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A figure illustrating the Hubble sequence.

For the first time, two astronomers have explained the diversity of galaxy shapes seen in the universe. The scientists, Dr Andrew Benson of the California Institute of Technology (Caltech) and Dr Nick Devereux of Embry-Riddle University in Arizona, tracked the evolution of galaxies over thirteen billion years from the early Universe to the present day.

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Galaxy Exposes Its Dusty Inner Workings in New Spitzer Image

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The infrared portrait of the Small Magellanic Cloud, taken by NASA’s Spitzer Space Telescope, reveals the stars and dust in this galaxy as never seen before.

NASA’s Spitzer Space Telescope has captured an action-packed picture of the nearby Small Magellanic Cloud, a small galaxy that looks like a wispy cloud when seen from Earth.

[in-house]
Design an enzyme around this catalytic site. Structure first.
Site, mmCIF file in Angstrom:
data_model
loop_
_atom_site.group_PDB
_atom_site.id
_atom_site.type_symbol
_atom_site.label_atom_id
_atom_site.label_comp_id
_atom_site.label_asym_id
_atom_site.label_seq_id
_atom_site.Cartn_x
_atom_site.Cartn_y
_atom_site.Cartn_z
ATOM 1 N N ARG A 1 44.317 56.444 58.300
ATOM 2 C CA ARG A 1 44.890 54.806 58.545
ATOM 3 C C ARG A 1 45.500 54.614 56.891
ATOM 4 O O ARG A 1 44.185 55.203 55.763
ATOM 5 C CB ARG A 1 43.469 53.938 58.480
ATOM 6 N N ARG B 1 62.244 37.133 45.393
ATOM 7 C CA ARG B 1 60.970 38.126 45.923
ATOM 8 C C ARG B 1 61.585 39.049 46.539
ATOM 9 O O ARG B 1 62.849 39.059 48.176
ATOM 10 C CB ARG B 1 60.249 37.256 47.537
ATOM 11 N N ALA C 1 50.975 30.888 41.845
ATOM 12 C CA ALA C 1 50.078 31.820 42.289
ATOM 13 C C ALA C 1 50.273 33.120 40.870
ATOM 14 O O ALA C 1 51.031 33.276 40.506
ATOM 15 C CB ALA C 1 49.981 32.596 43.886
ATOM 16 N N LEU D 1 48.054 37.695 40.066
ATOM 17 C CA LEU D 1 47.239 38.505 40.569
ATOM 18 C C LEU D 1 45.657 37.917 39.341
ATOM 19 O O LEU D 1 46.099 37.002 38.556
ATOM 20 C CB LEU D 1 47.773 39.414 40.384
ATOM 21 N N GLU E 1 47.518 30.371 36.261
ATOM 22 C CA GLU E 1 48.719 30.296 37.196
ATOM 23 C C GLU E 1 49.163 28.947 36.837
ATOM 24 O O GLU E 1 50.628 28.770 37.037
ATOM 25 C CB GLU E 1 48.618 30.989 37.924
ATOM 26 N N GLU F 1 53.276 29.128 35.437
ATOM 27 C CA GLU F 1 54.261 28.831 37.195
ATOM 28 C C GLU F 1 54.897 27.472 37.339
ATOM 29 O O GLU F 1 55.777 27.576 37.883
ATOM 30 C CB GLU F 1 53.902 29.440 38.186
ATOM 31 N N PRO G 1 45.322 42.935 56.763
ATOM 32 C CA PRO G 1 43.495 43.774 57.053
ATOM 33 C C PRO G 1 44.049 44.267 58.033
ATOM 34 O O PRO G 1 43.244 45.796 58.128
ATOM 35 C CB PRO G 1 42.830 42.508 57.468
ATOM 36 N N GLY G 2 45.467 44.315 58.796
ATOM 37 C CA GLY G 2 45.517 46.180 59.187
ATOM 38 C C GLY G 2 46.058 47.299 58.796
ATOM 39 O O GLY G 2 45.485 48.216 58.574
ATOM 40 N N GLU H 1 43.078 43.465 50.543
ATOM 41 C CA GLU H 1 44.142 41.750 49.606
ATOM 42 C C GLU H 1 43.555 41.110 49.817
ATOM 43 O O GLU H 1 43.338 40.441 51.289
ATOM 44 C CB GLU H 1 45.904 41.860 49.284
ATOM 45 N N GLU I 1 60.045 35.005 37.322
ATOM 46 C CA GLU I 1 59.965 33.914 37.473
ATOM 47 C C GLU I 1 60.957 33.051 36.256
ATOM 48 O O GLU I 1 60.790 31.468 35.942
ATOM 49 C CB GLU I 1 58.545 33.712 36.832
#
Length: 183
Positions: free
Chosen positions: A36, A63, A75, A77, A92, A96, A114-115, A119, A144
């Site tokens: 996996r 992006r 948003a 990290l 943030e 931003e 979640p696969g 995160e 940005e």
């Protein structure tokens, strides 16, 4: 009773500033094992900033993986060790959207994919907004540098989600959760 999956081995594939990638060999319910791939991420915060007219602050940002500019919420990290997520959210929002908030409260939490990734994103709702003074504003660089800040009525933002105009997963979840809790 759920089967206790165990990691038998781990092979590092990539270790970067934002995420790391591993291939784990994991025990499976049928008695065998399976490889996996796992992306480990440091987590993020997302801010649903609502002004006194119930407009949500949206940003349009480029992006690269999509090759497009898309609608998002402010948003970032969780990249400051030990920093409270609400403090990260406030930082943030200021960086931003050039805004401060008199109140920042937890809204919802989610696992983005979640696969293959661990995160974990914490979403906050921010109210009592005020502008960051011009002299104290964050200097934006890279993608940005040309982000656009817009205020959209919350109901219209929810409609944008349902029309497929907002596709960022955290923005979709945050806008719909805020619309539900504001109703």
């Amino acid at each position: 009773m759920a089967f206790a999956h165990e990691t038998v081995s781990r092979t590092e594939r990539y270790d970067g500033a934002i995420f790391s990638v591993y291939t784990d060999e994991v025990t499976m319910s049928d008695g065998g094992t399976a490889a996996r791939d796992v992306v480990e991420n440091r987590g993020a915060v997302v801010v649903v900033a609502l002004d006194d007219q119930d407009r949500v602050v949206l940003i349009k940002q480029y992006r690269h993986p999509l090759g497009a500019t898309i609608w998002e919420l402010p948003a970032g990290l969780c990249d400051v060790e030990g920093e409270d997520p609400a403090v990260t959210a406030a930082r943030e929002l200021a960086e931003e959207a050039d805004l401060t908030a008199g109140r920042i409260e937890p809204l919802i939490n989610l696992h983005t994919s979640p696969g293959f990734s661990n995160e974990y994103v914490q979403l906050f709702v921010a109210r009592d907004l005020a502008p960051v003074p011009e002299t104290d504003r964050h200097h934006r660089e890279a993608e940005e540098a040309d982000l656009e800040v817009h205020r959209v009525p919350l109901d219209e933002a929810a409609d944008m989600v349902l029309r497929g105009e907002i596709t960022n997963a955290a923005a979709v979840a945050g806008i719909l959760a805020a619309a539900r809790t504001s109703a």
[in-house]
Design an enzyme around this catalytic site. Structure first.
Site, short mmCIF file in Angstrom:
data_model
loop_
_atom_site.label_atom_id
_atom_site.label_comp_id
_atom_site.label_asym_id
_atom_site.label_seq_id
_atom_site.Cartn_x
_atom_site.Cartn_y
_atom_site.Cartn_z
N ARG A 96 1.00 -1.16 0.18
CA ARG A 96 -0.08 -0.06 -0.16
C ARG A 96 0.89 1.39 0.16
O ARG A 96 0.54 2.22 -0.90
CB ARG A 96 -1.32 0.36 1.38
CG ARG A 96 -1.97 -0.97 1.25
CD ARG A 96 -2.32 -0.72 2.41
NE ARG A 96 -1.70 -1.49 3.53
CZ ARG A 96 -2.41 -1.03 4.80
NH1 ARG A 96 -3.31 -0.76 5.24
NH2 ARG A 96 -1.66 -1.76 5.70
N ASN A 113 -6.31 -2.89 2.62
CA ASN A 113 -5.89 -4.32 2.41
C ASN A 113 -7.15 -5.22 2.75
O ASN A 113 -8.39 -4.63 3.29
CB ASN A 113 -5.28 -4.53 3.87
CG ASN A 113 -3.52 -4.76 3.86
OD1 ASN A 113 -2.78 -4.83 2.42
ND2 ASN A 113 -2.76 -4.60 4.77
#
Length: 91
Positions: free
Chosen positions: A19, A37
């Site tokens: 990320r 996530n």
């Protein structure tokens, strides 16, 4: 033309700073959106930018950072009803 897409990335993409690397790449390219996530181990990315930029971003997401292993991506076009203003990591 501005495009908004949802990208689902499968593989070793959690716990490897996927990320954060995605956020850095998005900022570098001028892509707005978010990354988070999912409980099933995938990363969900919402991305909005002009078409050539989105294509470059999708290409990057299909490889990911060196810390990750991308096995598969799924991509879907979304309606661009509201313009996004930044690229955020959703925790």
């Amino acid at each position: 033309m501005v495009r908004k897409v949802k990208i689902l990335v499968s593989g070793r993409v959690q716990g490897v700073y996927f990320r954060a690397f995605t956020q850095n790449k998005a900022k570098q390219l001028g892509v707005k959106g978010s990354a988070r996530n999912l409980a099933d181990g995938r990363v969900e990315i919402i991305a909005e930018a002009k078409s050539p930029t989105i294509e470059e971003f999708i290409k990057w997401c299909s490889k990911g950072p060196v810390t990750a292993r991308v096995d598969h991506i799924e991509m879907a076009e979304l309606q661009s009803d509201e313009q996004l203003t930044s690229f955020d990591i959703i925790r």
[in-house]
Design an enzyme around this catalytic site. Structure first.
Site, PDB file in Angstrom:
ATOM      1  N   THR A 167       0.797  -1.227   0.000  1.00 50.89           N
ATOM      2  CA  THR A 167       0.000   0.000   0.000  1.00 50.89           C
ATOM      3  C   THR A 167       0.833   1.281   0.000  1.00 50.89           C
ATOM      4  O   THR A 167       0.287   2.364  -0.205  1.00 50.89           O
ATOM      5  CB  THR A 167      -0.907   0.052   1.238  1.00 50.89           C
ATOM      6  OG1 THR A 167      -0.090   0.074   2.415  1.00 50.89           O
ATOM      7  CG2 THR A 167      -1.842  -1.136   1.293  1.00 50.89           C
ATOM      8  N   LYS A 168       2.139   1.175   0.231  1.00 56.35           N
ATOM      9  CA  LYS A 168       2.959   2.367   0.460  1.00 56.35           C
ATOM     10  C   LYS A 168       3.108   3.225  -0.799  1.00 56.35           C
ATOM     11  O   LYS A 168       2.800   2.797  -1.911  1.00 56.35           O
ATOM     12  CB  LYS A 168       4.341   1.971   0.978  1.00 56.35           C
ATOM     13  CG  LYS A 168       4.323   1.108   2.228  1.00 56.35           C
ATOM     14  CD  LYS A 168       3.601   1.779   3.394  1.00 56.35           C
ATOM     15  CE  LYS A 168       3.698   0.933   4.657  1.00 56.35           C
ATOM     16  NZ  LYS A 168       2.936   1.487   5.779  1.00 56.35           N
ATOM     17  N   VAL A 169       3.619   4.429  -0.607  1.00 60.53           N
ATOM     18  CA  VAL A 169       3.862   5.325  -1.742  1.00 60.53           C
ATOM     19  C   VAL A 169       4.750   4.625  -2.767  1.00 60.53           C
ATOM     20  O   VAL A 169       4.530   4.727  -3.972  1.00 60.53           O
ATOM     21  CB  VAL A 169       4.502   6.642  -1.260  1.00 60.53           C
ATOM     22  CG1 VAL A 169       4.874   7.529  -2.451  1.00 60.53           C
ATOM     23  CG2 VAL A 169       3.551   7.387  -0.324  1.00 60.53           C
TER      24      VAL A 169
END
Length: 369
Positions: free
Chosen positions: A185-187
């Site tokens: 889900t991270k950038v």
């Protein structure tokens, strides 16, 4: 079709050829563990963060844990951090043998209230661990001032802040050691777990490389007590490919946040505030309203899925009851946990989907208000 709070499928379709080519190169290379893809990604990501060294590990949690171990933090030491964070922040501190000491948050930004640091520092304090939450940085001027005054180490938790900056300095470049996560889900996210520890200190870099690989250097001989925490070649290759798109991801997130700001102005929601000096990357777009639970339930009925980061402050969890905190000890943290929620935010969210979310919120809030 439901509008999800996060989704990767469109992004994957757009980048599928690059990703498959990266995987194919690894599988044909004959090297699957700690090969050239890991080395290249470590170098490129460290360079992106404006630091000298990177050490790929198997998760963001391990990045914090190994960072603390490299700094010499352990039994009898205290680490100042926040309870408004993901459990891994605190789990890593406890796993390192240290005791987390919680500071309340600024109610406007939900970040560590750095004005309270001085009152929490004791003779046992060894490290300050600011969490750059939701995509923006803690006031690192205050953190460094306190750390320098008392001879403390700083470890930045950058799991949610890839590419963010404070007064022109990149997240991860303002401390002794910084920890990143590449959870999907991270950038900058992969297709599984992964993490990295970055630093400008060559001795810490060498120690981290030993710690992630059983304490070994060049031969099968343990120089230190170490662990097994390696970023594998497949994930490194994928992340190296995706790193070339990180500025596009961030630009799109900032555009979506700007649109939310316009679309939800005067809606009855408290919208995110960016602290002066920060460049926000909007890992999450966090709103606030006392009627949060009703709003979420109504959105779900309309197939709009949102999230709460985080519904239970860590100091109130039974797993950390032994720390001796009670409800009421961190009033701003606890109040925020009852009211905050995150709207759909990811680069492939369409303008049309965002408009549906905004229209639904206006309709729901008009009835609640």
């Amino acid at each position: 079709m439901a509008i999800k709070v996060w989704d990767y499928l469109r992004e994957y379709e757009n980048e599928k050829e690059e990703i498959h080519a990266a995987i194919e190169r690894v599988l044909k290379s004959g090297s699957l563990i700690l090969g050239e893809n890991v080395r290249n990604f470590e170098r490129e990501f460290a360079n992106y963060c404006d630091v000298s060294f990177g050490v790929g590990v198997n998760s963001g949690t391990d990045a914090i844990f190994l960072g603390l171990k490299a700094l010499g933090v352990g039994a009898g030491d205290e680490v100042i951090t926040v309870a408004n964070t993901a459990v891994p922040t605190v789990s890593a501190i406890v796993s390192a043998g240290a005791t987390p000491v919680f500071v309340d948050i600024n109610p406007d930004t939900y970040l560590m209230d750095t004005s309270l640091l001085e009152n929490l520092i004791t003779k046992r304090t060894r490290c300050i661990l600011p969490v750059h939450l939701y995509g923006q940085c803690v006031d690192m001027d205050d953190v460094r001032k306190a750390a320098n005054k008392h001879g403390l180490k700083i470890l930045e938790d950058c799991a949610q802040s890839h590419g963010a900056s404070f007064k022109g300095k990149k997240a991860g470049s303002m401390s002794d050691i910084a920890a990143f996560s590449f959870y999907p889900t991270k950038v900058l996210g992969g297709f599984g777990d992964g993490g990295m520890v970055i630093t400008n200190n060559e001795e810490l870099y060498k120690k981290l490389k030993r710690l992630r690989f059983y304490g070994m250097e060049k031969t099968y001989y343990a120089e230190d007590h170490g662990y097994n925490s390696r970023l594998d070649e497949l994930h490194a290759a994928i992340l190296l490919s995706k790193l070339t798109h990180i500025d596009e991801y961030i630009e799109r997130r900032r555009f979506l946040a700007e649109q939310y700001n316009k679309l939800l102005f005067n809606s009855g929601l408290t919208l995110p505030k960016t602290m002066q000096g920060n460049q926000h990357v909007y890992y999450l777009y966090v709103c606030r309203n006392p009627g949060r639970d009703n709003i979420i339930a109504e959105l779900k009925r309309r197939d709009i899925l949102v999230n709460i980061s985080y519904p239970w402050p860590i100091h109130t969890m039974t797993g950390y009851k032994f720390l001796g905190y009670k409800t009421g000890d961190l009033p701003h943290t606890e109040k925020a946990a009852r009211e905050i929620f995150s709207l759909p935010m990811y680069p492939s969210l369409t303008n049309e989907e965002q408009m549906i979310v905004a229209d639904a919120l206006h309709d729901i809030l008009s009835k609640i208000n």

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Looking Back in Time 12 Billion Years With New Instruments on Herschel Space Observatory

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This is the Herschel Space Observa

An instrument package developed in part by the University of Colorado at Boulder for the $2.2 billion orbiting Herschel Space Observatory launched in May by the European Space Agency has provided one of the most detailed views yet of space up to 12 billion years back in time.

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Theorists Propose a New Way to Shine And a New Kind of Star: ‘Electroweak’